Retainer Fee

AAA

DEFINITION of 'Retainer Fee'

An upfront cost incurred by an individual in order to ensure the services of a consultant, freelancer, etc. A retainer fee is paid most commonly to individual third-parties who have been engaged by the payer to perform a service for them or on their behalf. These fees are almost always paid upfront and only ensure the commitment of the receiver, but does not guarantee an outcome or final product.

INVESTOPEDIA EXPLAINS 'Retainer Fee'

The most common form of retainer fees apply to lawyers, who in most cases require those seeking services to provide an upfront retainer fee, for example $500. As mentioned however, this retainer fee only ensures that services will be rendered and does not equate to other hourly or trial fees which the lawyer or firm may charge during the course of a trial or court proceedings.

RELATED TERMS
  1. Secondary Liability

    A type of legal obligation where one party assumes legal responsibility ...
  2. Common Law

    In the United States, a body of unwritten laws based on precedents ...
  3. Estate Planning

    The collection of preparation tasks that serve to manage an individual's ...
  4. Community Property

    A U.S. state-level legal distinction of a married individual's ...
  5. Collection-Proof

    A debtor who doesn’t have any assets that a creditor can collect ...
  6. Judgment Proof

    Someone who doesn’t have enough assets for a creditor to seize ...
Related Articles
  1. Personal Finance

    How To Pick The Right Lawyer

    Find out what factors to consider before hiring an attorney.
  2. Budgeting

    Get Through Divorce With Your Finances Intact

    Find out how to split your finances without coming up short.
  3. Taxes

    Tax Court: Your Last Resort

    Appealing an unfavorable or unfair tax ruling may be your last chance to save your finances.
  4. Investing

    What's a Debit Note?

    A debit note is a document used by a seller to inform a purchaser of a dollar amount owed. As the name indicates, it is a note from the seller that a debit has been made to the purchaser’s account. ...
  5. Investing

    What's Capitalization?

    Capitalization has different meanings depending on the context.
  6. Fundamental Analysis

    The Best 5 Online Accounting Systems For Small Business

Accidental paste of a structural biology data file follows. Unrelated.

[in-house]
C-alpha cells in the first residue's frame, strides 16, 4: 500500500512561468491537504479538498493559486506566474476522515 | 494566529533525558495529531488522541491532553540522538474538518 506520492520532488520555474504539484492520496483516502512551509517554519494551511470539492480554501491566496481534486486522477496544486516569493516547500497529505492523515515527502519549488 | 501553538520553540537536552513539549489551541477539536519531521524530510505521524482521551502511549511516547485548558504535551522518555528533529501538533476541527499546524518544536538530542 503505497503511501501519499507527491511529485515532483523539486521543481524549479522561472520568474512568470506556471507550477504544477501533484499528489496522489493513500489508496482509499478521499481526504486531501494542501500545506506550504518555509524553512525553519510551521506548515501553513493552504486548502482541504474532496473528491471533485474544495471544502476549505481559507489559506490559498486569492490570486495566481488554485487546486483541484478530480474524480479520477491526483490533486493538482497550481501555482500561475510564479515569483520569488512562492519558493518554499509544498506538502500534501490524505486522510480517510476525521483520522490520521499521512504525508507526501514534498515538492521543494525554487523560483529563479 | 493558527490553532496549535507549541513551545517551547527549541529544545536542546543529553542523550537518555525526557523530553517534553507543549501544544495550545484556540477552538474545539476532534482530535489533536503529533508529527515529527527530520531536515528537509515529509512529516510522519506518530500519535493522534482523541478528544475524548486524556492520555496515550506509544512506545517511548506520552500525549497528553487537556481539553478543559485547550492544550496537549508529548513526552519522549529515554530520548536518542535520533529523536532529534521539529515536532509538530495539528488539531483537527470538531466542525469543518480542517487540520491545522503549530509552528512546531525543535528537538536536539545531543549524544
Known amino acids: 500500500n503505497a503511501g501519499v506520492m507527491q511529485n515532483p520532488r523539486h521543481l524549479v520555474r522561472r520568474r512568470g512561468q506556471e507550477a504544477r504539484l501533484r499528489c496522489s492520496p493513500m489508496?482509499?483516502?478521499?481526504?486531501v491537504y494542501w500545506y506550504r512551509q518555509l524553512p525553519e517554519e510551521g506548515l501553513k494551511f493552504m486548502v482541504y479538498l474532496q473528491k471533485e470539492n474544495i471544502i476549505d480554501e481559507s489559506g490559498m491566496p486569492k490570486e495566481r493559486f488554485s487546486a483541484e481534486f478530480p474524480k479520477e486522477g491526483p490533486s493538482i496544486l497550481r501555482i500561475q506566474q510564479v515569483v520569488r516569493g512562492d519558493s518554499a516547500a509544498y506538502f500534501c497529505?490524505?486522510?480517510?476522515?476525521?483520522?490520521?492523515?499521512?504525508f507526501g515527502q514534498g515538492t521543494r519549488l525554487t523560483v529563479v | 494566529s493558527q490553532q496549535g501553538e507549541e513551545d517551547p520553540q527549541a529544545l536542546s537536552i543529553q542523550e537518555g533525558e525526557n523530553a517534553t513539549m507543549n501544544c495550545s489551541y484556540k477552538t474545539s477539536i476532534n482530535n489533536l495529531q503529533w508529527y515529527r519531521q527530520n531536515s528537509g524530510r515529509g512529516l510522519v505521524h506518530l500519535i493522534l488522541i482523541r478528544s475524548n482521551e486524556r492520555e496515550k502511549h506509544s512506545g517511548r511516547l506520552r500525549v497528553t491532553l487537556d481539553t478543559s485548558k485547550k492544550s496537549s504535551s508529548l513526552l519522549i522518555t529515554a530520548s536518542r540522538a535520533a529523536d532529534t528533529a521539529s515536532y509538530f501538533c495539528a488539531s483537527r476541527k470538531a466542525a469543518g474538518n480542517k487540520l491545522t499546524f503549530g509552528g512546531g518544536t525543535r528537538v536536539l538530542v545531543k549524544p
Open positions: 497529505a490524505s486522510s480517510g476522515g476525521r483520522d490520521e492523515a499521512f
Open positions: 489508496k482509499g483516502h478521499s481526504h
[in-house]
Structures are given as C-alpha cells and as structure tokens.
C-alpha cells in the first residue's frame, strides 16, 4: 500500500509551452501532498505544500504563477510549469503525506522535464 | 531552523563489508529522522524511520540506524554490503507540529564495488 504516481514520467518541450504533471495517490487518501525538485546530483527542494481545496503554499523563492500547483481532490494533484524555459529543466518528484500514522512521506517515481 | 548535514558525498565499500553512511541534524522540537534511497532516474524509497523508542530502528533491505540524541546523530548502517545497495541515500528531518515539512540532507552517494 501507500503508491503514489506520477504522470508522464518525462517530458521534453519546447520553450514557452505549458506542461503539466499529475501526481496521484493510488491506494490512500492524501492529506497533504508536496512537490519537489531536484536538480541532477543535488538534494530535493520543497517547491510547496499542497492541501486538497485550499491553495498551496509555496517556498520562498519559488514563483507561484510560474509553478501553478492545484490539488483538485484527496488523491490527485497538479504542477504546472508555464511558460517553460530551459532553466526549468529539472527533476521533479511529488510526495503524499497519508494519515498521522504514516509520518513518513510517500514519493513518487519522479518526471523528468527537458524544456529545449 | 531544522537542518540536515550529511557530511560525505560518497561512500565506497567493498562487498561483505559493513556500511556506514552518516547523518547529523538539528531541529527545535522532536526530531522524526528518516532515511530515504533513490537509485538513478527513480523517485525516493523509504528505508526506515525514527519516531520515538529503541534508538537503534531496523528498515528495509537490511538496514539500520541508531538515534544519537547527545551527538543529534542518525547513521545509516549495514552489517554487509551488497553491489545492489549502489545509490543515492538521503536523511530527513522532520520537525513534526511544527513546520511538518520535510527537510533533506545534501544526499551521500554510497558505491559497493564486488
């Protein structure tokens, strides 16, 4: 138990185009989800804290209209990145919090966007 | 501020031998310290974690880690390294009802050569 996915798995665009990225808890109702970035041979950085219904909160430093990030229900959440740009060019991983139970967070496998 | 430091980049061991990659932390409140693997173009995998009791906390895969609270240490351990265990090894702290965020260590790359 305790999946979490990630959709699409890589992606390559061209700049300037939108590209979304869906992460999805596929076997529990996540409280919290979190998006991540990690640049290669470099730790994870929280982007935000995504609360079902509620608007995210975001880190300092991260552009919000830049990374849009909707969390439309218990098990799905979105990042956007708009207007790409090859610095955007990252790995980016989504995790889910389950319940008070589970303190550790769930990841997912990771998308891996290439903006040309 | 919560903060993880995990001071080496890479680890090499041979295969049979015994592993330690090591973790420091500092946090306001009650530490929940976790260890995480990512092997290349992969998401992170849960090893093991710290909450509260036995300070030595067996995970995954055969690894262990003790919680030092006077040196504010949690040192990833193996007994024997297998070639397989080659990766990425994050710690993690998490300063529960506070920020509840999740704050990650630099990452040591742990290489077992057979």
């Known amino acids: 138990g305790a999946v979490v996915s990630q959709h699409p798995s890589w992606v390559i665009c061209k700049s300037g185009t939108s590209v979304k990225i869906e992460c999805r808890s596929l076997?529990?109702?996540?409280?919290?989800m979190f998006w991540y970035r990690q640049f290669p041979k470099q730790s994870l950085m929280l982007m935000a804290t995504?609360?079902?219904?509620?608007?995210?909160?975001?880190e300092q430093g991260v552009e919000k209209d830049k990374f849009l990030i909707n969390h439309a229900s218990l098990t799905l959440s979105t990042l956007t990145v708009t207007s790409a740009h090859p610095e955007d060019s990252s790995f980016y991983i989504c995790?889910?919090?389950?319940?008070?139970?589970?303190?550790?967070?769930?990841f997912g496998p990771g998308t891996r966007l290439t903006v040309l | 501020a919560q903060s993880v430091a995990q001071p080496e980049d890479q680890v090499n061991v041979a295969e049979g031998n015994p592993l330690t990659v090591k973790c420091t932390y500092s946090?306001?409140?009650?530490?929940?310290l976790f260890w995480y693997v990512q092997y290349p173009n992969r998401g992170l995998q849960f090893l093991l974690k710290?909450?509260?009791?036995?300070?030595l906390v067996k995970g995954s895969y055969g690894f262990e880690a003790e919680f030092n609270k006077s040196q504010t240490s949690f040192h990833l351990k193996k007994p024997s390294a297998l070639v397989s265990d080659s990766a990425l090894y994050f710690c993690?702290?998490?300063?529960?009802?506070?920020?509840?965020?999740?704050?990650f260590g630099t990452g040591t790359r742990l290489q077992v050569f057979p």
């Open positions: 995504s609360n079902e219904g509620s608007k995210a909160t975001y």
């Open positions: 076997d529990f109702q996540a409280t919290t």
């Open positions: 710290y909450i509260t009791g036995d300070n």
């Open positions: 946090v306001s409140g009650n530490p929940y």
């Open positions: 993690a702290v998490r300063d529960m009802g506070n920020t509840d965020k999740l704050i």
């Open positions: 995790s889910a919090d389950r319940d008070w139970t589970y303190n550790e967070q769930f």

Running a small business can be difficult, but thanks to these online accounting services, taking care of payroll doesn't have to be.
  7. Investing

    Understanding Cost Accounting

    Cost accounting is the method of financially allocating expenses to goods that are manufactured for resale. Cost accounting is also referred to as managerial accounting, because managers use ...
  8. Investing

    What are Prepaid Expenses?

    A prepaid expense is an asset on the balance sheet. Due to accounting principles, expenses are often accrued on the balance sheet and expensed in a later period.
  9. Investing

    What's a Sunk Cost?

    A sunk cost was incurred in the past, is independent of future events and cannot be recouped. Economists teach that sunk costs should not be considered when making a financial decision. Rather, ...
  10. Investing

    What are Fixed Costs?

    Fixed costs are business expenses that do not change as the level of production goes up or down. They are one of two types of business expense, the other being variable costs. Variable costs ...

You May Also Like

Hot Definitions
  1. Subsidy

    A benefit given by the government to groups or individuals usually in the form of a cash payment or tax reduction. The subsidy ...
  2. Sunk Cost

    A cost that has already been incurred and thus cannot be recovered. A sunk cost differs from other, future costs that a business ...
  3. Technical Skills

    1. The knowledge and abilities needed to accomplish mathematical, engineering, scientific or computer-related duties, as ...
  4. Prepaid Expense

    A type of asset that arises on a balance sheet as a result of business making payments for goods and services to be received ...
  5. Gordon Growth Model

    A model for determining the intrinsic value of a stock, based on a future series of dividends that grow at a constant rate. ...
  6. Cost Accounting

    A type of accounting process that aims to capture a company's costs of production by assessing the input costs of each step ...
Trading Center